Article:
Vegan baking glossary - A-Z of vegan baking - Miss Walter’s | Sweet vegan recipes for a kind kitchen.

Vegan baking glossary

The A-Z of plant-based, vegan baking.


I created Miss Walter’s to include loved ones with dietary restraints (chosen or not) at the dessert table. I share all my favourite vegan dessert recipes with you so that you can do the same. Because sharing food has the power to unite us, so let’s not get our diet in the way of eating and sharing delicious cakes.

This vegan baking glossary contains background information on the ingredients I use in my recipes. I also explain some broader baking terms so that you can understand not just my recipes, but all recipes better. Please feel free to reach out, in case you have any questions regarding plant-based & vegan baking. I’m always happy to help out.



Agar agar

Agar agar is made from algae and gluten-free. It is a popular vegan substitute for gelatine because it’s tasteless and easy to use. Requires heat to bind and thicken liquids when cooled.

Almond butter

Almond butter is a vegan pantry staple by now. It’s my prefered nut butter for all kinds of bakes. It sports a high satiety value which means that it keeps you fuller for longer. My favourite snack idea? Apple slices with almond butter.

Apple cider vinegar

Apple cider vinegar is a great kitchen staple anyway. In baking, you can add apple cider vinegar to soy milk to re-create the slight acidity of buttermilk.


A fine gluten-free starch that works similar to cornstarch. I prefer arrowroot to cornstarch as it works better with different fruits, especially citrus fruits. Dissolve arrowroot powder with room temperature water before adding it to a hot liquid. Adding it to a boiling liquid will cause the arrowroot to form clumps, as cornstarch does too. Adding arrowroot to your flour mix will provide double the thickening power compared to wheat flour.


Aquafaba is the drained liquid from a can of chickpeas. As strange that may sound, it’s a superb egg replacer in vegan desserts, like this vegan chocolate mousse. In its liquid state, you can use it for dewy and moist bakes, like brownies. When whipped at high speed, it forms a firm froth, similar to egg whites. Some don’t like the smell of aquafaba. However, aquafaba will be odour and tasteless when baked.


Baking powder

Usually, baking powder is a pre-made mix of different leaveners that will make a cake light and airy. Another type of leavener would be yeast. Use cream of tartar with baking soda in a 2:1 ratio, if ready-made baking powder isn’t available.

Baking soda

Also known as sodium bicarbonate. Baking soda is a powerful leavener that reacts immediately with moistened batter. Baking soda is often used in muffin recipes instead of baking powder. The key is to not let dough with baking soda stand around but to bake it immediately. If used as baking powder, use baking soda with cream of tartar in a 1:2 ratio.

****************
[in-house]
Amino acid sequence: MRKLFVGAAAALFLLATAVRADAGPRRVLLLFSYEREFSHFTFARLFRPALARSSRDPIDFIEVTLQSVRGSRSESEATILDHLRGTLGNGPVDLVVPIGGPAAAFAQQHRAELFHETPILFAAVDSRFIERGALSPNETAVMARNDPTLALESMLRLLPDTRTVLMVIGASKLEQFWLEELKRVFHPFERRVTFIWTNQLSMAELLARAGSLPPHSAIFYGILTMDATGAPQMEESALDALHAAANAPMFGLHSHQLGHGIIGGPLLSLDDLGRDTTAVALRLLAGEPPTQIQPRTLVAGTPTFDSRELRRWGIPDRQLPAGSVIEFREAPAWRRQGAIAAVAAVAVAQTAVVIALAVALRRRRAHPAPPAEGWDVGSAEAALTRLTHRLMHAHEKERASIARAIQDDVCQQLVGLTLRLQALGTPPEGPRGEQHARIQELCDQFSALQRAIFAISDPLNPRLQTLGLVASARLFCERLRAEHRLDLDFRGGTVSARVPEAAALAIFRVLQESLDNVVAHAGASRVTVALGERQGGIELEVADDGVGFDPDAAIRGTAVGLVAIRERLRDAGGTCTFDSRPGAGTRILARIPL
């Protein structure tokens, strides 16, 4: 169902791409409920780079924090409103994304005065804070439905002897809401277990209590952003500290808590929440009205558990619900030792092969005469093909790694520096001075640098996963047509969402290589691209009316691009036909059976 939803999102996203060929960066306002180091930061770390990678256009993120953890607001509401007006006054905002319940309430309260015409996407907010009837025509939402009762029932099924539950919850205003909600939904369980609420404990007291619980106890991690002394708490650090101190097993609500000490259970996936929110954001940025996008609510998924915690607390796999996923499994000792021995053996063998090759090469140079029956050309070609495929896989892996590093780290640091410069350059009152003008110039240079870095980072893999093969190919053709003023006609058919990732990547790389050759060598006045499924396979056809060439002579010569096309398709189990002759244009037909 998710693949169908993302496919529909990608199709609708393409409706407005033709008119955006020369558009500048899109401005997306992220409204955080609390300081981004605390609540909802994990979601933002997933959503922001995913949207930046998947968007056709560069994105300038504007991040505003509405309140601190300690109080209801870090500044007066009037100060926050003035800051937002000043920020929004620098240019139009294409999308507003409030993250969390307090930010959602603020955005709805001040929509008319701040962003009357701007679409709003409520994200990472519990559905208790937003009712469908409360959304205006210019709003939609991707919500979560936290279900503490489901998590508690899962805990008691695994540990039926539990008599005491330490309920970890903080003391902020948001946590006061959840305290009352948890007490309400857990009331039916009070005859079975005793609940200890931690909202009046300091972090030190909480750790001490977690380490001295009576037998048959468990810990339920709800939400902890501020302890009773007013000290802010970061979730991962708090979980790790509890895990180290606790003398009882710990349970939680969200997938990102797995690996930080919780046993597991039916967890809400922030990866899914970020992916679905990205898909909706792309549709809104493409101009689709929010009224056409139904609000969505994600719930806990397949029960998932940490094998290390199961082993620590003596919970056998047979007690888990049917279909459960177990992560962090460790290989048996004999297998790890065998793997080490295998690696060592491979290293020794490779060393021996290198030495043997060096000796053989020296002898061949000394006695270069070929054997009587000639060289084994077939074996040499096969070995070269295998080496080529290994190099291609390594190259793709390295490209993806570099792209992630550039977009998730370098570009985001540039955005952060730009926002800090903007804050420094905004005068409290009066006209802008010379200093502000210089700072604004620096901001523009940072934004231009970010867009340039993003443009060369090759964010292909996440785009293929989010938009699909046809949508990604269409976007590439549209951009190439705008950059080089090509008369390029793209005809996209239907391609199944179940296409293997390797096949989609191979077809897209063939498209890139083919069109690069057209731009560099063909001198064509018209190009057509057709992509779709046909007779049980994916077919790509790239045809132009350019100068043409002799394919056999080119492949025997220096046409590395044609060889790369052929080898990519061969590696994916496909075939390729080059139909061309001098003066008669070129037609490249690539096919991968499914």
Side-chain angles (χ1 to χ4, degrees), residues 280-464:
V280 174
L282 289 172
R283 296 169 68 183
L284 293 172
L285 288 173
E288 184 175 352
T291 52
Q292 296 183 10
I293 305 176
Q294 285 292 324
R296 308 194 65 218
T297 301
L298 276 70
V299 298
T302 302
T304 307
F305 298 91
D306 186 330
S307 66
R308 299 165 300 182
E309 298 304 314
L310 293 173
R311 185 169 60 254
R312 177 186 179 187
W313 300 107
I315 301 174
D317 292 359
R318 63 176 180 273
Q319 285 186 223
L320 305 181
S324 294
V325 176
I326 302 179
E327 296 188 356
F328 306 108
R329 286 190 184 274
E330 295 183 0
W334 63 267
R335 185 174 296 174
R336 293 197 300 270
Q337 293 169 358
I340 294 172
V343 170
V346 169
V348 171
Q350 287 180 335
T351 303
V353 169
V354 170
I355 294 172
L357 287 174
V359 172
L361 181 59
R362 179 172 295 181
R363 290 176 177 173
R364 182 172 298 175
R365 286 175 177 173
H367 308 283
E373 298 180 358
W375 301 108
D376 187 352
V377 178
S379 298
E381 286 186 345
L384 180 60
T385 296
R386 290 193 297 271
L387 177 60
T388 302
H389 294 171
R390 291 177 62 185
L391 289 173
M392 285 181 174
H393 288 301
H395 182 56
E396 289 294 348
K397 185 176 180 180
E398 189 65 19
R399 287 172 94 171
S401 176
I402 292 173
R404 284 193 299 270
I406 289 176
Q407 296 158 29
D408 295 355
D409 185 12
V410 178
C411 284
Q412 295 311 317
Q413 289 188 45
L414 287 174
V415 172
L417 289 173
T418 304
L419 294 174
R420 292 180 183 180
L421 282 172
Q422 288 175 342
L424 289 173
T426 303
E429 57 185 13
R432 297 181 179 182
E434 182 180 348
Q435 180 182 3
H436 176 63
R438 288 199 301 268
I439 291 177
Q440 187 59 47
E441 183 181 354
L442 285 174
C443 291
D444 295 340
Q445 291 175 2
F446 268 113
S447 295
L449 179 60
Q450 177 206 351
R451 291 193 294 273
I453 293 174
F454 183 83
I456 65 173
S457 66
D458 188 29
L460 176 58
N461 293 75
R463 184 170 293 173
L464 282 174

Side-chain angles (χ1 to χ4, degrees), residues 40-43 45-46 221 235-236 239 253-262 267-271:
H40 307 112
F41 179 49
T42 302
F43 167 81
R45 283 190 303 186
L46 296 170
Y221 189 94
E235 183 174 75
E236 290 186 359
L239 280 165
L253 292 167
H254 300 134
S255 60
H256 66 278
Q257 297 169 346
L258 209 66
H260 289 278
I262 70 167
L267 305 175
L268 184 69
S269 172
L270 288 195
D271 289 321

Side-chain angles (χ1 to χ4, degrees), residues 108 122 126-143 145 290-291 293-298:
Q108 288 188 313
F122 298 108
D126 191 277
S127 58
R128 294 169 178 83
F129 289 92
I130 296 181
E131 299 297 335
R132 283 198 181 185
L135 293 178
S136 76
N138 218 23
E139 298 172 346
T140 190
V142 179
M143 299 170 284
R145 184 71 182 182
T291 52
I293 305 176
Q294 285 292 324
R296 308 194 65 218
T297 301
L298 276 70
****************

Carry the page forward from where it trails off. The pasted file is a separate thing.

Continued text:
Beating in baking recipes simply refers to the rigorous mixing of ingredients, usually using a spoon, handheld mixer or food processor. The purpose of beating it to fully combine ingredients while incorporating enough air to make the batter light and fluffy. Over-beating will result in the opposite: a flat and hard cake.


Blending is a preparation method that means combining different ingredients with a spoon or food processor to achieve a smooth mixture.

Blind baking

Blind baking refers to baking a pastry without the filling. For example, fruit tartlets are often made from a blind baked pastry case, filled with cream and topped off with slices fruit. Blind baking is the easiest when you use ceramic baking beans (if you’re not planning on doing this regularly, dried beans or lentils will also do the trick). Line a tart tin with pastry, cover it with baking parchment and weigh it down with ceramic baking beans to keep the dough from rising.

Buckwheat flour

Buckwheat isn’t a grain at all. It’s a dried fruit similar to the “seeds” in strawberries. Kinda funny, isn’t it? Buckwheat is a gluten-free flour and is used as a substitute to refined flours. I wouldn’t recommend replacing white flour with buckwheat 1:1. Instead, mixing different gluten-free flours prooved to be a more successful approach. Buckwheat is now available widely across stores and almost every organic food store will sell it.